I hope these tips help you as much as they helped me! I might not be pulling out my needles and hooks at every spare minute in my day but I feel myself easing back into my craft again and that’s perfectly okay with me.
Ever since I learned to knit and crochet, I’ve been making ornaments for my Christmas tree. The more I make, the more I fall in love with handmade Christmas ornaments, especially anything clothing-related! You know, socks, hats, mittens, sweaters … I want to dress my tree up in them all!
These little socks, however, are my absolute favourite. I could knit them every day and when I make one, I want to make another, using different kinds of yarns. Tonals, variegated, stripes – any yarn just adds to the cuteness of these.
Not only do these make great ornaments for your tree, but they’re a great add-on to a teacher Christmas gift, or as a decoration to a wrapped gift. Maybe make them a bit bigger and have an advent stocking set; the ideas are endless!
Materials: Fingering weight yarn Size 0 (2mm) Circular Needles Tapestry Needle Yarn or twine for hanging
1. Cast on 20 stitches using the long tail cast on.
2. Work 3 rounds of k2, p2 (Tip: Work the first of these rounds holding your working yarn and your tail to weave it in as you go.)
3. Work 17 more rounds in stockinette.
Working with only the first 10 stitches:
4. S1, K1 across.
5. S1, purl across.
Repeat rows 4 & 5 five times, for a total of 10 rows for the heel flap.
6. K5, ssk, k1, turn.
7. S1, p1, p2tog, p1, turn.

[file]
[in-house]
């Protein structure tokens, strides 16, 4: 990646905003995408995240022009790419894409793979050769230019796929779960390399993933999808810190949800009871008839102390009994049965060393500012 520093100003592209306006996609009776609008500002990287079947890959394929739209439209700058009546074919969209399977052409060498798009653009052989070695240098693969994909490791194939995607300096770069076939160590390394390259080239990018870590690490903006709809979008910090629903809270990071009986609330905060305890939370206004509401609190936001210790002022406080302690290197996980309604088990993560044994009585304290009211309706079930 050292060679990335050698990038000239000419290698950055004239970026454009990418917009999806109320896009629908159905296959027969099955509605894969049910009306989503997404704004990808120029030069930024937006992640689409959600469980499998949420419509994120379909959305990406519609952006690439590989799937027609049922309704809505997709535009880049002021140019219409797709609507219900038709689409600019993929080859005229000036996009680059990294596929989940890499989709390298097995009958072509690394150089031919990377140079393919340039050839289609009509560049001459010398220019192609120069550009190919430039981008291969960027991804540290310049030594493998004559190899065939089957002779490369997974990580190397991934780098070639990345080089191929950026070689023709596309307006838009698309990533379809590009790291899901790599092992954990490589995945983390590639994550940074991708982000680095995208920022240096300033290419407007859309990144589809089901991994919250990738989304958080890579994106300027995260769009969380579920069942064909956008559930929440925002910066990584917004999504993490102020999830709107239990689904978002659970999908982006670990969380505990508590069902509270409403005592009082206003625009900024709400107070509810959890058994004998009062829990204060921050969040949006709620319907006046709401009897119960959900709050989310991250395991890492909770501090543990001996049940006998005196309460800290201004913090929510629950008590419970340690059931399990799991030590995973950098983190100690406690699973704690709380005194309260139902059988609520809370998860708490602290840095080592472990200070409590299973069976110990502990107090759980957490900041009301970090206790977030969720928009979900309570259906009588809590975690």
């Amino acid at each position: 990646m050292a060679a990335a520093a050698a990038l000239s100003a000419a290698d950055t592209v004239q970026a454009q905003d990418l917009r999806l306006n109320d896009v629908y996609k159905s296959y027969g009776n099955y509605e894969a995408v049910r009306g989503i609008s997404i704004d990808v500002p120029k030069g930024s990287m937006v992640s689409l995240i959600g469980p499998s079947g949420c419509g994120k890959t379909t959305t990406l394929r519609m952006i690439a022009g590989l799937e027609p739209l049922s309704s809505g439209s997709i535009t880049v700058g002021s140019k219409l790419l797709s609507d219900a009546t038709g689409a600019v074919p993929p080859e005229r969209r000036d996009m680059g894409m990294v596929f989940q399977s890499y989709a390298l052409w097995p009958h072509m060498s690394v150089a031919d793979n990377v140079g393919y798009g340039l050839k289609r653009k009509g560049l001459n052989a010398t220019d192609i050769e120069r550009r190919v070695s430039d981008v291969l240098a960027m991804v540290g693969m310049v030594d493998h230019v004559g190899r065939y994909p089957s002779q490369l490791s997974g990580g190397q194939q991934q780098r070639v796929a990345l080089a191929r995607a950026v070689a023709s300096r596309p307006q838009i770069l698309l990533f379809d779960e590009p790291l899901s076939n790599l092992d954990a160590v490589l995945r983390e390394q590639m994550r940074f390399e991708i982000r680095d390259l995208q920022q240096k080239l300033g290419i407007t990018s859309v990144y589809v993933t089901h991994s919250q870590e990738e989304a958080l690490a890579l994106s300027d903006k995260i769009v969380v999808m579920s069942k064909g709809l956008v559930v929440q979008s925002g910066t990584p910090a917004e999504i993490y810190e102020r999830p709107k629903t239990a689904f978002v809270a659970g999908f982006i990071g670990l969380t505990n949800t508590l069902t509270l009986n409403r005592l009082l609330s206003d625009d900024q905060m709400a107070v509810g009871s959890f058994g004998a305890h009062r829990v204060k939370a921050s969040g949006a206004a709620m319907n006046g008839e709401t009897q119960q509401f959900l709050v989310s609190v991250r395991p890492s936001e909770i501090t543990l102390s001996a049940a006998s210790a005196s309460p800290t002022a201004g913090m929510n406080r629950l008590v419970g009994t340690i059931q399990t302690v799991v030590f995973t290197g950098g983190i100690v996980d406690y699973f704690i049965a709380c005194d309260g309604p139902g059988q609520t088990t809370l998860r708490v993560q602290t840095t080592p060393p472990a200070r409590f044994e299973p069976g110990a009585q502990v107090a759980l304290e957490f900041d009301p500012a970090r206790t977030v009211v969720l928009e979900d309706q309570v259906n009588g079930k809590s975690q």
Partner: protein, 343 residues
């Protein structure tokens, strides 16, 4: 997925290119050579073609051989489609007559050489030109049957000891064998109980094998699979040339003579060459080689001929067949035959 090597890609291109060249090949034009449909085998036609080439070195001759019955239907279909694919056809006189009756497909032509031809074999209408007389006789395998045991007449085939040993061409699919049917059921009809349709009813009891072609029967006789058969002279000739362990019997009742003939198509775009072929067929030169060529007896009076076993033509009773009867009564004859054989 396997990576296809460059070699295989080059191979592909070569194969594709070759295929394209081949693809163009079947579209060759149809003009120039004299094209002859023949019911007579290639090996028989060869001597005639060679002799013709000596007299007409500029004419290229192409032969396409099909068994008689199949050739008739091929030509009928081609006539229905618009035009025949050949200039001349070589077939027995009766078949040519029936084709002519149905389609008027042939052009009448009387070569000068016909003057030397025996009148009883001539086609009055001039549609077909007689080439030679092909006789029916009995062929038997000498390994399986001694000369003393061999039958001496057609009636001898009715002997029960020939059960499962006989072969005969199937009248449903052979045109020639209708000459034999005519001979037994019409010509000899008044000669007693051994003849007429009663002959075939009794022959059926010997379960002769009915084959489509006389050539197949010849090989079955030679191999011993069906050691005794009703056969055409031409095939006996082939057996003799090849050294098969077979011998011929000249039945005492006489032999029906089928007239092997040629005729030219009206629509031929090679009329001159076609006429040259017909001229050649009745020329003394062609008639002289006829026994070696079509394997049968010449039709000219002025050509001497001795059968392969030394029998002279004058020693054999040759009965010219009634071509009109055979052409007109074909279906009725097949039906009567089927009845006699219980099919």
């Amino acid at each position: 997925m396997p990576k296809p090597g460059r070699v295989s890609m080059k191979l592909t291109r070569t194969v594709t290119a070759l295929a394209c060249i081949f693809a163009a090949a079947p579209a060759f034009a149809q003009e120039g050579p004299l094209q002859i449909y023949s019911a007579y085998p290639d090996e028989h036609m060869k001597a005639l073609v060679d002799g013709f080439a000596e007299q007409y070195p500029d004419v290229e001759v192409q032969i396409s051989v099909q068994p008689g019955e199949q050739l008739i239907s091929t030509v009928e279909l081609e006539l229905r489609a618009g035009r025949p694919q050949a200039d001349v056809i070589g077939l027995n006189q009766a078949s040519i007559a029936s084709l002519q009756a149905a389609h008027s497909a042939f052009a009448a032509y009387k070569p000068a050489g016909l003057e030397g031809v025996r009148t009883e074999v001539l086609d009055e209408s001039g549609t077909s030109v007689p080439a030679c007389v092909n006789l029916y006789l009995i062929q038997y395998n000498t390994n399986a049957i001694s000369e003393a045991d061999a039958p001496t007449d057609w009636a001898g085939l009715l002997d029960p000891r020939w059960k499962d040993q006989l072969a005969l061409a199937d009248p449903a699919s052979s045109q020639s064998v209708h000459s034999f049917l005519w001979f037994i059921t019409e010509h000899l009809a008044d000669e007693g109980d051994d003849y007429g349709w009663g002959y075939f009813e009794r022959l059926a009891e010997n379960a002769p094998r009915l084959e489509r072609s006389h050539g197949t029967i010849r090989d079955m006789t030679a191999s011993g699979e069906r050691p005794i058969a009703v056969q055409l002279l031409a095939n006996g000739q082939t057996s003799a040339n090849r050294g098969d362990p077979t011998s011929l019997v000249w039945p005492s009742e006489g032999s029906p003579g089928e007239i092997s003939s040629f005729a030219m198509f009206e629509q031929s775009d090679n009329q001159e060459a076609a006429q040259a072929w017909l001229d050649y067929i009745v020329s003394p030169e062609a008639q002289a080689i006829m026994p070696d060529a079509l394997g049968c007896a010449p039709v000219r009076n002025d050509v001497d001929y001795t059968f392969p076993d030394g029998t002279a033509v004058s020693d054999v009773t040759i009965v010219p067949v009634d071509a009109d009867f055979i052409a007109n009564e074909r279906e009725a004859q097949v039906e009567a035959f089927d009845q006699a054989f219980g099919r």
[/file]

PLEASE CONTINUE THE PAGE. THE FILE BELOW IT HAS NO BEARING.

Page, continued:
8. S1, k2, ssk, k1, turn.
9. S1, p3, p2tog, p1, turn. (6 stitches)
10. Knit across 3 gusset stitches, place marker (this is your new beginning of round), knit across the next 3 stitches and pick up 5 stitches along the heel flap, picking up one extra stitch at the corner. Knit straight across the top of the foot, pick up one extra stitch at the corner and 5 more stitches along the heel flap, k3 ending at the marker. (Tip: Keep the 10 stitches for the top of the foot on one needle and the rest on the opposite needle.) (28 stitches)
For the next steps, the stitches for the top of the foot will be referred to as needle 1 and the rest as needle two.
11. Needle two: K3, k3 through the back loop (these are your picked up stitches), k2tog, k1. Needle one: K across. Needle two: K1, ssk, k3 through the back loop, k3. (26 stitches)
12. All needles: K around.
13. Needle two: K to last 3 stitches, k2tog, k1. Needle one: K across. Needle two: K1, ssk, k to marker. (24 stitches)
Repeat rounds 12 and 13 two more times, until you have 20 stitches left, 10 on each needle.
14. Knit around for 10 more rounds.
15. K1, ssk, k to last 3 stitches on first needle, k2tog, k1; repeat on second needle.
16. K around.
Repeat rounds 15 and 16 until you have 4 stitches left on each needle.
Kitchener stitch together and weave in ends. Add a loop of yarn to the top, or twine, for hanging.